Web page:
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IBM Invests $1B In Flash Storage With 'Channel-First' Strategy

IBM wants to build flash technology optimized for such modern applications as social media, mobility and big data, and it's prepared to invest $1 billion to do so starting with last year's acquisition of Texas Memory Systems and continuing through 2015.

IBM on Thursday said it is investing $1 billion through 2015 on developing flash technology optimized to meet modern workloads such as social media, mobility and big data.

That investment includes the unspecified investment IBM made in its August acquisition of Texas Memory Systems (TMS).

While the IBM investment in flash will help in development of flash storage products for a wide range of applications, the focus will be on those applications in which performance is paramount, said Ambuj Goyal, general manager for systems storage in IBM's Systems & Technology Group.

[Related: IBM To Buy Texas Memory Systems (TMS), Challenge EMC, Startups In Flash Storage ]

"The best ways to solve issues around social, mobile and big data all involve real-time analytics, which is where flash has a big play," Goyal said. "In a data warehouse, where there's less needs for real-time analytics, the requirements for flash storage are not as strong."

IBM's $1 billion flash technology investment is not just about performance, Goyal said. "It's about how systems transform as technology moves from mechanical storage to semiconductor storage," he said. "The performance of processors, memory, networking and bus performance have grown by eight to 10 times over the past 10 years, while mechanical storage performance has grown by only 20 percent. So everything is waiting for storage."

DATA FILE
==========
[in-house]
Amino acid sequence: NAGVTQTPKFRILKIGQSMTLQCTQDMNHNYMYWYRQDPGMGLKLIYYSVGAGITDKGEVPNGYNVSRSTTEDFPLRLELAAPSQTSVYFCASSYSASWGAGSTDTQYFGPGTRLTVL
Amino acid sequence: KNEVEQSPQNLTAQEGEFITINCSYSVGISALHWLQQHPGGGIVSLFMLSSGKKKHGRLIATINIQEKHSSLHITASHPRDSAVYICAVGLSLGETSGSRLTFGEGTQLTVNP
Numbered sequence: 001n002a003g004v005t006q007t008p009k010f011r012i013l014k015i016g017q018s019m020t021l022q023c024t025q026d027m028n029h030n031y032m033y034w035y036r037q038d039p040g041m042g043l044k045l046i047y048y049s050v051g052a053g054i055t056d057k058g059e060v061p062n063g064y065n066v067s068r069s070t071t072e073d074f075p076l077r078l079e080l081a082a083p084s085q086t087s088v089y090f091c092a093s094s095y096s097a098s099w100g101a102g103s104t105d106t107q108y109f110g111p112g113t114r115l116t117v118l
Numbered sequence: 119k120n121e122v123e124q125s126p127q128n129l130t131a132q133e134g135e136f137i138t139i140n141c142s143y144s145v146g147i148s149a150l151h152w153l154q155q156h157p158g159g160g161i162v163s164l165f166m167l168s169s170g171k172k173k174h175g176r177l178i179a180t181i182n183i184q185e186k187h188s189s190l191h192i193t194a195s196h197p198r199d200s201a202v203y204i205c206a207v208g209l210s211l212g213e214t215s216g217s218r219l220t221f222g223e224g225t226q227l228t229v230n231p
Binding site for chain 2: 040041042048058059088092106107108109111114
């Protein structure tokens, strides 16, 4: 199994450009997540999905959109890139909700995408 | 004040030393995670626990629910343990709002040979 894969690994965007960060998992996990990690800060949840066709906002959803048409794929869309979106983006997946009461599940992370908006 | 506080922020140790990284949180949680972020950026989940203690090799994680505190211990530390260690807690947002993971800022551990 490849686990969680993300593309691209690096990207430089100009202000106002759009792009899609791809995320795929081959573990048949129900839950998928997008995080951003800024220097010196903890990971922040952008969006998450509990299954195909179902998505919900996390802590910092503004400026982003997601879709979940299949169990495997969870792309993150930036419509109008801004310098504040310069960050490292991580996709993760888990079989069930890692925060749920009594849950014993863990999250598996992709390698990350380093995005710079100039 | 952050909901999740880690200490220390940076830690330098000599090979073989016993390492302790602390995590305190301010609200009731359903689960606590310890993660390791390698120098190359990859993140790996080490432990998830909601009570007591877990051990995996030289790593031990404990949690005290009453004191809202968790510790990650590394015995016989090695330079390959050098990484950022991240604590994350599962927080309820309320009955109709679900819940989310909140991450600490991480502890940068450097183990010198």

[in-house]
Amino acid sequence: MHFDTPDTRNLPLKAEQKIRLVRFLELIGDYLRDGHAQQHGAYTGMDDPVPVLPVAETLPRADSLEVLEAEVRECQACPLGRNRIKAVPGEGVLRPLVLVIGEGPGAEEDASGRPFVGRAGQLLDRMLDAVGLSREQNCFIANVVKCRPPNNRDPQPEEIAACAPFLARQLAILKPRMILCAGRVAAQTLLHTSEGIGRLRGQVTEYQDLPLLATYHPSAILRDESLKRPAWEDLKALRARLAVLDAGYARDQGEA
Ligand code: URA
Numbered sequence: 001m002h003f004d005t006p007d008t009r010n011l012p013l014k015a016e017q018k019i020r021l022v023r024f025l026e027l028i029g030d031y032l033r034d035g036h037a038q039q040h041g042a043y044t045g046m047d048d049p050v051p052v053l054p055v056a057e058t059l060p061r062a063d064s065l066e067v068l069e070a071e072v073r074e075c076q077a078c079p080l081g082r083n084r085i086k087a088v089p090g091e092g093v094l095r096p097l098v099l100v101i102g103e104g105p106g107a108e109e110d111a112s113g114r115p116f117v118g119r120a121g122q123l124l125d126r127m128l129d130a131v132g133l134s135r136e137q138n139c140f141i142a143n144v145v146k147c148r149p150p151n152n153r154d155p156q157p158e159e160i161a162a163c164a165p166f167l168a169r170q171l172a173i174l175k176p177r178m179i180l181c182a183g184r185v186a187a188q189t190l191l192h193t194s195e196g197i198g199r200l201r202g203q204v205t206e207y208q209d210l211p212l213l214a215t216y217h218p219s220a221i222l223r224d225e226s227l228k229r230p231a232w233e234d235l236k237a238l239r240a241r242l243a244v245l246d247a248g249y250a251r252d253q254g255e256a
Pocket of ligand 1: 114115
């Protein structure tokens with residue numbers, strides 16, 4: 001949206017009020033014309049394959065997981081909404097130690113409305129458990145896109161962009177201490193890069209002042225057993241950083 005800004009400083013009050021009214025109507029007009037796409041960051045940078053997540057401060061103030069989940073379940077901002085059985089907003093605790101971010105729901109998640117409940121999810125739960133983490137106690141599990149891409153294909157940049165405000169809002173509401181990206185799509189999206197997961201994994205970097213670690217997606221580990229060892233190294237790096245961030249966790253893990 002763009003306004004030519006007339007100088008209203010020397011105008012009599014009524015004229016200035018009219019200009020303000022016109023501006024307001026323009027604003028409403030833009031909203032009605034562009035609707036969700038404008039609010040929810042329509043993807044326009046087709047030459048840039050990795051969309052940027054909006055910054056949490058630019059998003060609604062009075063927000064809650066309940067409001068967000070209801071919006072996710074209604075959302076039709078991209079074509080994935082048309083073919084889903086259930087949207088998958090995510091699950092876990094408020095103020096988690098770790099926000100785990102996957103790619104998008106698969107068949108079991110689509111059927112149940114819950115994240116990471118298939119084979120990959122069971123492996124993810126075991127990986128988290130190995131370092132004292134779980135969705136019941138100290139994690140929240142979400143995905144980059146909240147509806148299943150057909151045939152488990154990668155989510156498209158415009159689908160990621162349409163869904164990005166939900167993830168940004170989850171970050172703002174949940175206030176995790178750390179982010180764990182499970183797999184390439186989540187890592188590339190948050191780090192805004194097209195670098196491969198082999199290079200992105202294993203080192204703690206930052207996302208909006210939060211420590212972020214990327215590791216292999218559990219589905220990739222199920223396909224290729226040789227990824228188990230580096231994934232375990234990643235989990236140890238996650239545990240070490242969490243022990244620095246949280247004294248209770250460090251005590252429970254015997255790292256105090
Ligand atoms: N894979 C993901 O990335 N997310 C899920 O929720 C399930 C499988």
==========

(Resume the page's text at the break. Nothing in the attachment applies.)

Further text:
Part of that investment is going to set up 12 competency centers around the world to help customers build proofs of concepts to understand how the use of flash storage can decreased the costs of software licenses, processor core requirements, footprint and labor involved in tuning mechanical storage, Goyal said.

IBM also wants customers to know that flash storage can fit into their existing infrastructures without changing those infrastructures, he said.

"I want to not only show the technology, but show customers how to use it to simplify their data centers and reduce costs," he said.

IBM is also developing, both on its own as well as with partners, databases and analytics that are optimized to take advantage of flash technology, he said.

IBM's flash investment is centered on its acquisition of Texas Memory Systems, a company founded 30 years ago to develop semiconductor-based storage that has been building flash storage for the past six or seven years, Goyal said.

NEXT: New Flash Storage Array For The Channel


To that end, IBM on Thursday also unveiled the IBM FlashSystem 820, a new flash storage array based on TMS technology. The IBM FlashSystem 820 can store 24 TB of data in 1U of rack space, or about 1 petabyte of data in rack using less than 14 kilowatts of power, IBM's Goyal said.

IBM's flash storage strategy is also very much channel-centered, Goyal said. "We're going across the board with our flash technology from solution providers to distributors to systems integrators to MSPs," he said. "Everybody. Our initiative is channel-first."

With the news of its $1-billion investment in flash storage, IBM joins a number of its top competitors that have committed to making flash a keystone of their future offerings.

EMC in March unveiled its XtremSF family of flash storage products, including a PCIe storage accelerator and its first all-flash array.

The same month, NetApp unveiled its FlashRay strategy for building future all-flash storage arrays on a new application-optimized architecture.

PUBLISHED APRIL 11, 2013

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